Why I finished it: It is as much a book about the gloriousness of early Yellowstone as it is about society and relationships. The nature scenes are compelling, the budding love affair is delicious and Maggie’s growth is palpable.
I'd give it to: Victoria, who enjoys Janette Rallison’s clean, relationship-driven novels.
The reincarnation cycle encompasses the Spirit World, Half World and our world, the Realm of Flesh. When things are going well, all are in balance, allowing for movement back and forth. But the cycle is broken. Before she is born, Melanie’s parents escape from Half World for her sake. They set in motion a chain of events that necessitate Melanie’s return to Half World fourteen years later. To help her parents, she must face Mr. Glueskin, a creepy man-beast who can break off pieces of his sticky tongue to bind prisoners as well as swallow people whole.
Why I picked it up: Recommended by a librarian friend. I mistakenly thought this was originally published in Japanese (it wasn't, the author is Canadian) and decided to read it because I wanted to read a fantasy in translation.
Why I finished it: The menagerie of strange, half-human characters that populate this shadow world. It definitely has its own rules. Think of the willful craziness of Tim Burton’s films set in a world whose inhabitants continually relive their nightmares. This is bizarre in the extreme, and a certain group of kids will love the inspired wackiness of it.
I'd give it to: Donnie Darko fans like my friend Phil, as this has the same dark spirit and not everything makes sense. Cassidy, who continually doodles bizarre creatures on her folders. MT, who would see herself in the nerdy, self-doubting Melanie.
Trashy group biography of four movie stars who, between them, slept with most of Hollywood over the last four decades.
Why I picked it up: Wanted to see if I was mentioned by name.
Why I finished it: (I wasn't, but everyone else was.) Became fascinated by the contrast between Warren Beatty, supremely self-confident, and Marlon Brando, damaged goods. Both were very smooth with the ladies, though. How did I miss that Warren dated Madonna during the whole Dick Tracy thing?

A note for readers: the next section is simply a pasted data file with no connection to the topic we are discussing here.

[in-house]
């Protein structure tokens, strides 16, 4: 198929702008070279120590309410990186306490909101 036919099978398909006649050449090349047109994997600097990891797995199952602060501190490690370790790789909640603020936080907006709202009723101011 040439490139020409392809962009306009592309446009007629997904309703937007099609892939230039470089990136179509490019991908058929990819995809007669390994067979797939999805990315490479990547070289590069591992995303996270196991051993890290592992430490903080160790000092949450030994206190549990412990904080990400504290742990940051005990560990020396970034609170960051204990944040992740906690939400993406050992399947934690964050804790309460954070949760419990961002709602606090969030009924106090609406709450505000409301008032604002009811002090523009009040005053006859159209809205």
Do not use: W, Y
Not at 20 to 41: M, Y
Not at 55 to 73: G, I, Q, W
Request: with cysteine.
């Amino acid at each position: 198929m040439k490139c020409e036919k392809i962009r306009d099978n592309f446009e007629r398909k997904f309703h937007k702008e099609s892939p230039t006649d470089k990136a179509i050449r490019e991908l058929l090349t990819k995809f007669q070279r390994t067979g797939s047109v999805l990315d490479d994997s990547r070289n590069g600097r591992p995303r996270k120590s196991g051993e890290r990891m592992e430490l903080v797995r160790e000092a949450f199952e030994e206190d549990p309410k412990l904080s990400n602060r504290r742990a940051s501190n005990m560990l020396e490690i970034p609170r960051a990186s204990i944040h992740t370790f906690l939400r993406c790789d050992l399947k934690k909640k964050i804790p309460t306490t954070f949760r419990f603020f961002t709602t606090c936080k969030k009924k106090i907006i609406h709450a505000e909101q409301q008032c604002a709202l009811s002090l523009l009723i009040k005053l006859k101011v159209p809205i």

I'd give it to: My mom, to add to the pile of movie-star tell-all biographies I've recently given her. Elizabeth, a homeschooling mom who loves to talk about celebrities and sex. Maybe she'll add it to her kids' curriculum.
The history of the world in terms of what people did with their waste, diseases, bugs, and bathing habits from ancient times to present day. Illustrated with drawings, photographs, and rats and insects scattered on pages throughout.
Why I picked it up: The opening chapters read like a kid’s version of The Big Necessity, which I loved.
Why I finished it: It has much more of a historic focus than The Big Necessity, and it was a real opportunity to build my poop-related vocabulary: gongfermor, garderobe, closestool, and Venus Cloacina (to name but a few). The historic details about the toilet habits of ancient Romans and others had me howling, particularly as I re-shot (in my mind) famous movie scenes in light of the information I read here. I’d never considered how truly filthy the streets were in ancient times, and I now never want to swim in a castle’s moat.
I'd give it to: Middle and grade school history teachers interested in bringing the past alive for students like me. I never cared about what was in our textbooks, and my teachers were clearly as bored with them as I was. Why didn’t they ever discuss how to go to the bathroom in medieval armor, kimonos, or fancy royal gowns?